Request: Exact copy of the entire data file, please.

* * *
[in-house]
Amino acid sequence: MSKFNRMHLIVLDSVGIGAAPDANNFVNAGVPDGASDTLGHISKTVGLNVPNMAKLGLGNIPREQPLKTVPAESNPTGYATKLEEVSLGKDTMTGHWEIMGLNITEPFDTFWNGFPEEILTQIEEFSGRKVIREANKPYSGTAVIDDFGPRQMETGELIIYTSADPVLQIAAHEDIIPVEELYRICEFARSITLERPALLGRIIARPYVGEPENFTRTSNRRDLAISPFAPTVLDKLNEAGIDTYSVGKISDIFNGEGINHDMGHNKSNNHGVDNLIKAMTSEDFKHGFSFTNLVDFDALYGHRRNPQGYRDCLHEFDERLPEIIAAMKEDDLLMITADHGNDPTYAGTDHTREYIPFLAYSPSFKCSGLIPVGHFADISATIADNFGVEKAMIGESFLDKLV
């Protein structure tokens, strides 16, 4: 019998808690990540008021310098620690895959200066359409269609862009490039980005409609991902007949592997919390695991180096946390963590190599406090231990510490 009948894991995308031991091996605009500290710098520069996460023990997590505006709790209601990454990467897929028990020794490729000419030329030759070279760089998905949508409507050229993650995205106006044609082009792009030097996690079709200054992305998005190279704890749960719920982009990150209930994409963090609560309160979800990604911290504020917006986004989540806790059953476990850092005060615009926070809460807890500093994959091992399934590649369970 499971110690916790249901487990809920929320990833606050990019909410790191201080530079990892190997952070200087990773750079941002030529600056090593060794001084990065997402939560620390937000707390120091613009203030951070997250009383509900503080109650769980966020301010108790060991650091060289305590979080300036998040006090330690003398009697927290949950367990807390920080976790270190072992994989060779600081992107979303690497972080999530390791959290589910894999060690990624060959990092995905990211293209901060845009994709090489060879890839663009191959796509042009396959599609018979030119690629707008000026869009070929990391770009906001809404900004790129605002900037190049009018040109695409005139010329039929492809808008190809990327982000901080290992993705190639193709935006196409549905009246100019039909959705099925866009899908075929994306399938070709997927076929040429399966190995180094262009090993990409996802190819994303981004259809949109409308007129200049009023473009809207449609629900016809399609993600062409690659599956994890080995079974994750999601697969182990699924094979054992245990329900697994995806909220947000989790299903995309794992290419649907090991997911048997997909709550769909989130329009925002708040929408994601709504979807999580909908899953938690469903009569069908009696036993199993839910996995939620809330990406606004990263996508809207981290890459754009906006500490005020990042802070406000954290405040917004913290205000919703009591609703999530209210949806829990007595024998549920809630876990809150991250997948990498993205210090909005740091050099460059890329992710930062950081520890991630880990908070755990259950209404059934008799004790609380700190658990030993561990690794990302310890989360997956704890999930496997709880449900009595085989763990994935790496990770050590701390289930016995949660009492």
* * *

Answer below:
[in-house]
Amino acid sequence: MSKFNRMHLIVLDSVGIGAAPDANNFVNAGVPDGASDTLGHISKTVGLNVPNMAKLGLGNIPREQPLKTVPAESNPTGYATKLEEVSLGKDTMTGHWEIMGLNITEPFDTFWNGFPEEILTQIEEFSGRKVIREANKPYSGTAVIDDFGPRQMETGELIIYTSADPVLQIAAHEDIIPVEELYRICEFARSITLERPALLGRIIARPYVGEPENFTRTSNRRDLAISPFAPTVLDKLNEAGIDTYSVGKISDIFNGEGINHDMGHNKSNNHGVDNLIKAMTSEDFKHGFSFTNLVDFDALYGHRRNPQGYRDCLHEFDERLPEIIAAMKEDDLLMITADHGNDPTYAGTDHTREYIPFLAYSPSFKCSGLIPVGHFADISATIADNFGVEKAMIGESFLDKLV
């Protein structure tokens, strides 16, 4: 019998808690990540008021310098620690895959200066359409269609862009490039980005409609991902007949592997919390695991180096946390963590190599406090231990510490 009948894991995308031991091996605009500290710098520069996460023990997590505006709790209601990454990467897929028990020794490729000419030329030759070279760089998905949508409507050229993650995205106006044609082009792009030097996690079709200054992305998005190279704890749960719920982009990150209930994409963090609560309160979800990604911290504020917006986004989540806790059953476990850092005060615009926070809460807890500093994959091992399934590649369970 499971110690916790249901487990809920929320990833606050990019909410790191201080530079990892190997952070200087990773750079941002030529600056090593060794001084990065997402939560620390937000707390120091613009203030951070997250009383509900503080109650769980966020301010108790060991650091060289305590979080300036998040006090330690003398009697927290949950367990807390920080976790270190072992994989060779600081992107979303690497972080999530390791959290589910894999060690990624060959990092995905990211293209901060845009994709090489060879890839663009191959796509042009396959599609018979030119690629707008000026869009070929990391770009906001809404900004790129605002900037190049009018040109695409005139010329039929492809808008190809990327982000901080290992993705190639193709935006196409549905009246100019039909959705099925866009899908075929994306399938070709997927076929040429399966190995180094262009090993990409996802190819994303981004259809949109409308007129200049009023473009809207449609629900016809399609993600062409690659599956994890080995079974994750999601697969182990699924094979054992245990329900697994995806909220947000989790299903995309794992290419649907090991997911048997997909709550769909989130329009925002708040929408994601709504979807999580909908899953938690469903009569069908009696036993199993839910996995939620809330990406606004990263996508809207981290890459754009906006500490005020990042802070406000954290405040917004913290205000919703009591609703999530209210949806829990007595024998549920809630876990809150991250997948990498993205210090909005740091050099460059890329992710930062950081520890991630880990908070755990259950209404059934008799004790609380700190658990030993561990690794990302310890989360997956704890999930496997709880449900009595085989763990994935790496990770050590701390289930016995949660009492």